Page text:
Sotomayor’s New Haven Decision

This’ll be the last Sonia Sotomayor post for a bit, but I wanted to discuss the one thing I actually had some prior knowledge of: the New Haven firefighters case.

Officially Ricci v. DeStefano, the case was first brought against the city of New Haven, Conn. for reverse discrimination against white firefighters.

Here’s a brief synopsis:

New Haven had its firefighters take a test to determine who to promote. Based on the results, none of the black candidates qualified for a promotion. The city then threw out the results, afraid of violating Title VII of the Civil Rights Act. The white and Hispanic firefighters then sued the city, saying that throwing out the test results constituted racial discrimination, because, had they been black, they would have been promoted.

A lot of people have pointed to this as (1) an important indicator of Sotomayor’s feelings on affirmative action policies, and (2) a test for how she stacks up against the current Court. If the Court upholds her decision, the reasoning goes, it means she’s either made the right decision and is therefore qualified, or she fits nicely within the ideological framework of the current Court.

The logic of the latter item has so many holes I’m not even going to bother getting into it. But I would like to address what the case shows us about her feelings on affirmative action policies. Because — while it very well may — I’m not so sure that it necessarily does tell us a whole lot.

Let me say, first, that I think New Haven was wrong in doing what it did. They developed a theoretically racially neutral test to make promotions for them, and then when it didn’t give them the racial balance they wanted, they threw it out. They may as well have just promoted X number from each race to begin with. Ultimately, I think they would have been more justified in doing it that way. That said, I am generally supportive of a lot of affirmative action policies. I think they have been a necessary evil, although a case could be made for their gradual phase out.

But, and here’s where it gets complicated, Sotomayor and the other judges who upheld this decision could very well agree with me that this situation stinks of unfairness. Their job though, isn’t to say what is or isn’t fair, it’s to uphold the law as written.

And the law, as written, says this (emphasis mine):

An unlawful employment practice based on disparate impact is established under this subchapter only if … a complaining party demonstrates that a respondent (the employer) uses a particular employment practice that causes a disparate impact on the basis of race, color, religion, sex, or national origin and the respondent fails to demonstrate that the challenged practice is job related for the position in question and consistent with business necessity.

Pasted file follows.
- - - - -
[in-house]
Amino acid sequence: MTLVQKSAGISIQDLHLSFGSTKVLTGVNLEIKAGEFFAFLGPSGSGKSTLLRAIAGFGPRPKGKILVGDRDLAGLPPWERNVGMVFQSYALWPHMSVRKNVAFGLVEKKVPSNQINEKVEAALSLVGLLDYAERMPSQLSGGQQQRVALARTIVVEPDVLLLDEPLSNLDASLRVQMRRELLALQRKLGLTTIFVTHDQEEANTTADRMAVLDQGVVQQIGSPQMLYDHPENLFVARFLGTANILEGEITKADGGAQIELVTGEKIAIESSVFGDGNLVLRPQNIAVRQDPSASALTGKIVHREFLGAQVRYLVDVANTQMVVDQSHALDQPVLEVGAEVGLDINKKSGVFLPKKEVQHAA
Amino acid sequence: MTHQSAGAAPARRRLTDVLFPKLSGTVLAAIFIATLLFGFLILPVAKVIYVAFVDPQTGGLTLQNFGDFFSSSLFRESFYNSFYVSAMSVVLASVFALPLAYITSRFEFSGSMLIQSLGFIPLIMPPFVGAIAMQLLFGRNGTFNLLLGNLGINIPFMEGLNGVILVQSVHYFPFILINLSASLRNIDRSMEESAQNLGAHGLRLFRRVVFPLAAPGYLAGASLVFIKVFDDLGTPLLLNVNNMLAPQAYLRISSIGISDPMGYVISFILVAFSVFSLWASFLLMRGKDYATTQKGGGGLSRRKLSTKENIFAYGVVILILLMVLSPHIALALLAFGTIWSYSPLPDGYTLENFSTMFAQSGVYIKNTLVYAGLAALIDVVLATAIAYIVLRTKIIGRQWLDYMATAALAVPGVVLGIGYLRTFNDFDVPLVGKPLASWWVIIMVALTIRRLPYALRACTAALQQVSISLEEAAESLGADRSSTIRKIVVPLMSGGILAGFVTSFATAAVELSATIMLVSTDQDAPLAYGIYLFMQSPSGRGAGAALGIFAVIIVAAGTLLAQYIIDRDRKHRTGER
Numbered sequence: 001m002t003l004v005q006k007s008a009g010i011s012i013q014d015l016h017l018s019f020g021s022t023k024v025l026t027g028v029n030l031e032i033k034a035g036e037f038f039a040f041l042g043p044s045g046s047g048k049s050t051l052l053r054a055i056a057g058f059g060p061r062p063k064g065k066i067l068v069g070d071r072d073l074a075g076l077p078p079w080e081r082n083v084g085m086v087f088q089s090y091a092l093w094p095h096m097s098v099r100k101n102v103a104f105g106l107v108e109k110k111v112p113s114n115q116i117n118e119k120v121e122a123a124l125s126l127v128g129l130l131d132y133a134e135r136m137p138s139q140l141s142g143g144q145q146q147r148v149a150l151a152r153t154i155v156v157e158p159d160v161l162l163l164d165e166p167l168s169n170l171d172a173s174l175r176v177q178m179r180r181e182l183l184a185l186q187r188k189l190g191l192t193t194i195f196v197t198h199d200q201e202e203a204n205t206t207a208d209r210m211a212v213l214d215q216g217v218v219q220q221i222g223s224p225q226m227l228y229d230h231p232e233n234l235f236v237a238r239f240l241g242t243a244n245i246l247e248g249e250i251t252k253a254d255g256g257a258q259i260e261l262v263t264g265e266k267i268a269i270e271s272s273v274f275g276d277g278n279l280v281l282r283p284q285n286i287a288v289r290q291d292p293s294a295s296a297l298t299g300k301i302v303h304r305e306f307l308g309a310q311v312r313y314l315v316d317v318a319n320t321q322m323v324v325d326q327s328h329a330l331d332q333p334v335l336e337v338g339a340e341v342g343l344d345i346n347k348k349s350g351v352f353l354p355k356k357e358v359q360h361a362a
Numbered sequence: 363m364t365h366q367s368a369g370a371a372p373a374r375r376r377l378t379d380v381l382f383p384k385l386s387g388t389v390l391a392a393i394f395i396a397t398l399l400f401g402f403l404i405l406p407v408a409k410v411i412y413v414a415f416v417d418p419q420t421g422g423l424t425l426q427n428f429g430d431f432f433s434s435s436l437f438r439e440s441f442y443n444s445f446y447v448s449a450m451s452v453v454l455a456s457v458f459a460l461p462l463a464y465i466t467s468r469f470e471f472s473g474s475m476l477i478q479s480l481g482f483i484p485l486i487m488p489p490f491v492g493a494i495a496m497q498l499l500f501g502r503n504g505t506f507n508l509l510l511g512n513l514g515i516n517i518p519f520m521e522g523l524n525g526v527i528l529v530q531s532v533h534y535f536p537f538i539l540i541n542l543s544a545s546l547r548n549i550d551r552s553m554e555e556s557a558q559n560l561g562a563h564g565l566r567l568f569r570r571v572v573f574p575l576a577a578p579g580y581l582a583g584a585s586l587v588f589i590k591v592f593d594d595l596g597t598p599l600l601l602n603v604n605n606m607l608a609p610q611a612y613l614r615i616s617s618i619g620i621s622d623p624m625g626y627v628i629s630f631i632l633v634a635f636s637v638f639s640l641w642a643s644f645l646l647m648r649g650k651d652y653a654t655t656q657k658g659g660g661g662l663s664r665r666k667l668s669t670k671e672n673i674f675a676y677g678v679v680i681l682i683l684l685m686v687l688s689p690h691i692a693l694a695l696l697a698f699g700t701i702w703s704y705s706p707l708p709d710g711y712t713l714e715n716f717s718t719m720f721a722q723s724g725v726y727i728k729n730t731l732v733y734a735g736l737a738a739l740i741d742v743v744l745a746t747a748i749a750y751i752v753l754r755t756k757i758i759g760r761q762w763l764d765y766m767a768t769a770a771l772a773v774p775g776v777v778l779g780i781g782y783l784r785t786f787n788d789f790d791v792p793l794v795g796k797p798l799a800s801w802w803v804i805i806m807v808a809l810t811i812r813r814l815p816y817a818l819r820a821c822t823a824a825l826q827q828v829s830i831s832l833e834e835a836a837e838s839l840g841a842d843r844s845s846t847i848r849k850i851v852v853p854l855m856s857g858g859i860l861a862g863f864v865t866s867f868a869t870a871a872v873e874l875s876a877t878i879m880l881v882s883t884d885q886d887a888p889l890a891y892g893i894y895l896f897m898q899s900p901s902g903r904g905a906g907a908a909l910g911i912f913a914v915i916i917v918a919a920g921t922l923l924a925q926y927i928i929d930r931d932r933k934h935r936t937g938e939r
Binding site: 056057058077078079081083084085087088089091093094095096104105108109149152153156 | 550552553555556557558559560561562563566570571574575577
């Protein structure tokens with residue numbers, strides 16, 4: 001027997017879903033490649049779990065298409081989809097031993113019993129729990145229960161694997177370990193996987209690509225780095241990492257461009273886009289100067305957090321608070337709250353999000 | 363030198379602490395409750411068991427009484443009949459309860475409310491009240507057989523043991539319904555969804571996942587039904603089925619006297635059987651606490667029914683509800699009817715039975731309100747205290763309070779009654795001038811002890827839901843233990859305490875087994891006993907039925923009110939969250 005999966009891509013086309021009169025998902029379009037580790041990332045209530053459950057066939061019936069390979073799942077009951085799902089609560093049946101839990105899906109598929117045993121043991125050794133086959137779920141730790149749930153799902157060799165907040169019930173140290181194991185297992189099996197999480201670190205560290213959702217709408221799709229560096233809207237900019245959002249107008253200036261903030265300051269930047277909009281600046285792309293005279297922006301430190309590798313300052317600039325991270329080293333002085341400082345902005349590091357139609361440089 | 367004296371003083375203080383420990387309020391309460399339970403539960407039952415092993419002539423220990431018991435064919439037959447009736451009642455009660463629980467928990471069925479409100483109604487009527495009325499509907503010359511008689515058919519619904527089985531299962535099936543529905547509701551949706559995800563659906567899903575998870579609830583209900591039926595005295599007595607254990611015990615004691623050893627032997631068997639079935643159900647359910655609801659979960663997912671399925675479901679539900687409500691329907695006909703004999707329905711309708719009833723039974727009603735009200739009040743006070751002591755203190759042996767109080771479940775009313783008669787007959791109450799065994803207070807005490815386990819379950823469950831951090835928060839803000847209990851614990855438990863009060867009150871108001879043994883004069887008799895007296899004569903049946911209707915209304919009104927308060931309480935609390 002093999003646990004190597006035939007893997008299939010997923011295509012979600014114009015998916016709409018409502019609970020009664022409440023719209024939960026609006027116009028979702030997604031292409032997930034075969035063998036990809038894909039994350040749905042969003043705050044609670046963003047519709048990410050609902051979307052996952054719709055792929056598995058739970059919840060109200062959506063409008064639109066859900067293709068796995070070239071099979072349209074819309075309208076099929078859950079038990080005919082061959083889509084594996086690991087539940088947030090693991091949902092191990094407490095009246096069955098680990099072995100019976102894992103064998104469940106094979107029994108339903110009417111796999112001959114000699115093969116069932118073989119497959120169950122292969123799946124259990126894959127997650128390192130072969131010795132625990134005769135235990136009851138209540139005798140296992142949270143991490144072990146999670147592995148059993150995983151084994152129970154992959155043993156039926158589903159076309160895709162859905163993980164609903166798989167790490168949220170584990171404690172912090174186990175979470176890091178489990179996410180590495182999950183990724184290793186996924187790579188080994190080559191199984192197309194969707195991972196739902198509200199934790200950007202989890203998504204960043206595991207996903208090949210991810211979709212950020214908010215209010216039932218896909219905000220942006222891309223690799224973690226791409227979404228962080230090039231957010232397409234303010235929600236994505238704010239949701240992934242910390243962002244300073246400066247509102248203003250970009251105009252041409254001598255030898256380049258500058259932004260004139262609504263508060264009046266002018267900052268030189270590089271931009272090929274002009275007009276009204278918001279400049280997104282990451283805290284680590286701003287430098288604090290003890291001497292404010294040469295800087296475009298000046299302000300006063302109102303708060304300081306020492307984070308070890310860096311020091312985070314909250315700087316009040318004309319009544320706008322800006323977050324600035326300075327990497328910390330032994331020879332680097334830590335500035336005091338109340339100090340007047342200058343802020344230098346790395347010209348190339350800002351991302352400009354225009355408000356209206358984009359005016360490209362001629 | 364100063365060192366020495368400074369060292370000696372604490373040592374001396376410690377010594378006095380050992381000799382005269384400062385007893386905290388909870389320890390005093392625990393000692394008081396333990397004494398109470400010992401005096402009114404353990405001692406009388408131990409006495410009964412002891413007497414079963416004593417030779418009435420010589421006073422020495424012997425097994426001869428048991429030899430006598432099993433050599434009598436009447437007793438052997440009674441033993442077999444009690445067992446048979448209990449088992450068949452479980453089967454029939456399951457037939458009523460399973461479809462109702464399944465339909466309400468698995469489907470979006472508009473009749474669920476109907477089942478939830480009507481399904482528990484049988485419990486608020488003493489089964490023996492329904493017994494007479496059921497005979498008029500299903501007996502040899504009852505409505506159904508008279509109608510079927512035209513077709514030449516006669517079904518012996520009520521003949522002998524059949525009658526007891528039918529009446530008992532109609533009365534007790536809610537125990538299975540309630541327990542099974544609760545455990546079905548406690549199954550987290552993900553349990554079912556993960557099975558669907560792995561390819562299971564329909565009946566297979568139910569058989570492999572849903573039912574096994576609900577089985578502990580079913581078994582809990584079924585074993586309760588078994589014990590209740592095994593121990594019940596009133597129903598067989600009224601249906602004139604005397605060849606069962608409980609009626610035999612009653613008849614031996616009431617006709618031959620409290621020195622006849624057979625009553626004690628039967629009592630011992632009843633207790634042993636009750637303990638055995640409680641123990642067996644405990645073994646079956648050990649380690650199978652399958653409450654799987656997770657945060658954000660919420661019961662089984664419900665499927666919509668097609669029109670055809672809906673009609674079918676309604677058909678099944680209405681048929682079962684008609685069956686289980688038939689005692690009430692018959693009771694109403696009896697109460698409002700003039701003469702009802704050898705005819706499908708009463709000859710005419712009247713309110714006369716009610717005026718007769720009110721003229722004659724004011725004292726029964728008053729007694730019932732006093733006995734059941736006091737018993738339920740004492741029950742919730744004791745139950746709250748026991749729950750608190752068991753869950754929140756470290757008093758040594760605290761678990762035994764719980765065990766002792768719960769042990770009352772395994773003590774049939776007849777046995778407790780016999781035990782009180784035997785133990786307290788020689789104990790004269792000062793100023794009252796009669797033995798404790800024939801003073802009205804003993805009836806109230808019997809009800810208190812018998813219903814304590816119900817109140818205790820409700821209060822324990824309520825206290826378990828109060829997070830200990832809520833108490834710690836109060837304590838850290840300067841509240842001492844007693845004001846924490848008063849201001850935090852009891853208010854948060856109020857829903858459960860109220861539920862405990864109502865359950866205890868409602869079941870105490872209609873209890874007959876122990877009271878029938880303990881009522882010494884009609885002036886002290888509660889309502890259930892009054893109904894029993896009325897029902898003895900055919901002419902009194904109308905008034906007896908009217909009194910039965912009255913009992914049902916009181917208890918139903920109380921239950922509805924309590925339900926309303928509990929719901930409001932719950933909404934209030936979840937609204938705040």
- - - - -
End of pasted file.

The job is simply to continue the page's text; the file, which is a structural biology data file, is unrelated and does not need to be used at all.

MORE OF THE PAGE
In layman’s terms, as it applies to this case, if New Haven’s promotion test had a “disparate impact” on its black employees, and wasn’t entirely necessary, then it can be illegal under Title VII. How could a test have a disparate impact on black firefighters? Maybe these particular black firefighters weren’t the best of students, I don’t know. But you could easily make the case that (and this is the last italicized part) the test wasn’t a barometer necessitated by the job itself, i.e. you can be a good firefighter with management potential but a crappy test-taker.

Now, I don’t know enough about the background of law in this area to know if all of this is consistent with prior rulings, but at least at face value, it seems reasonable that an appeals court would uphold this, based on the way the law is written.

So, while it’s not unlikely that Sotomayor has a liberal record with regard to civil rights, this case is pretty flimsy evidence. And I don’t think it is particularly fair to compare her decision to that of the Supreme Court’s. The Supreme Court has substantially more leeway in making such decisions; lower courts are expected to follow precedent above all else.


1 Response to “Sotomayor’s New Haven Decision”

  1. 1 p of v May 27, 2009 at 4:46 pm

    Thanks for beating me to the punch! Great post; well-reasoned, accurate, and judicially correct.

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About the Author

Brian Eason is a University of Missouri graduate with bachelor degrees in Journalism and Political Science. He has covered Congressional elections and local government for the Columbia Missourian and worked as a general assignment reporter for the State Journal-Register in Springfield, IL. Brian has also had articles published in Roll Call.

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